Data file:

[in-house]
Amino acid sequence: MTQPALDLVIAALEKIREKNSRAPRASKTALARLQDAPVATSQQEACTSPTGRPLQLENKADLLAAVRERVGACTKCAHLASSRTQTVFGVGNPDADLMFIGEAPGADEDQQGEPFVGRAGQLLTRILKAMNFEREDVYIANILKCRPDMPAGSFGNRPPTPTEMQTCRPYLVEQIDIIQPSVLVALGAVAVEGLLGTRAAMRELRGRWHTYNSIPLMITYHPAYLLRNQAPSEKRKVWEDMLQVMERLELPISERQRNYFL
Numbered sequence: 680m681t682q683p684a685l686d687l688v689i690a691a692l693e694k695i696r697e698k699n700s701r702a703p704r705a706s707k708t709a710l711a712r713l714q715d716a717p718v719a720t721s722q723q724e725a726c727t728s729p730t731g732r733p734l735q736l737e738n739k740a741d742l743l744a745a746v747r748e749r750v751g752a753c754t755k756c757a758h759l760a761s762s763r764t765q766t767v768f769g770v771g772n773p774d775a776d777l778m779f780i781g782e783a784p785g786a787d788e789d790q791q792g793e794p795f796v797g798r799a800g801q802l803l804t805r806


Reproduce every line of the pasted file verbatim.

[in-house]
Amino acid sequence: MTQPALDLVIAALEKIREKNSRAPRASKTALARLQDAPVATSQQEACTSPTGRPLQLENKADLLAAVRERVGACTKCAHLASSRTQTVFGVGNPDADLMFIGEAPGADEDQQGEPFVGRAGQLLTRILKAMNFEREDVYIANILKCRPDMPAGSFGNRPPTPTEMQTCRPYLVEQIDIIQPSVLVALGAVAVEGLLGTRAAMRELRGRWHTYNSIPLMITYHPAYLLRNQAPSEKRKVWEDMLQVMERLELPISERQRNYFL
Numbered sequence: 680m681t682q683p684a685l686d687l688v689i690a691a692l693e694k695i696r697e698k699n700s701r702a703p704r705a706s707k708t709a710l711a712r713l714q715d716a717p718v719a720t721s722q723q724e725a726c727t728s729p730t731g732r733p734l735q736l737e738n739k740a741d742l743l744a745a746v747r748e749r750v751g752a753c754t755k756c757a758h759l760a761s762s763r764t765q766t767v768f769g770v771g772n773p774d775a776d777l778m779f780i781g782e783a784p785g786a787d788e789d790q791q792g793e794p795f796v797g798r799a800g801q802l803l804t805r806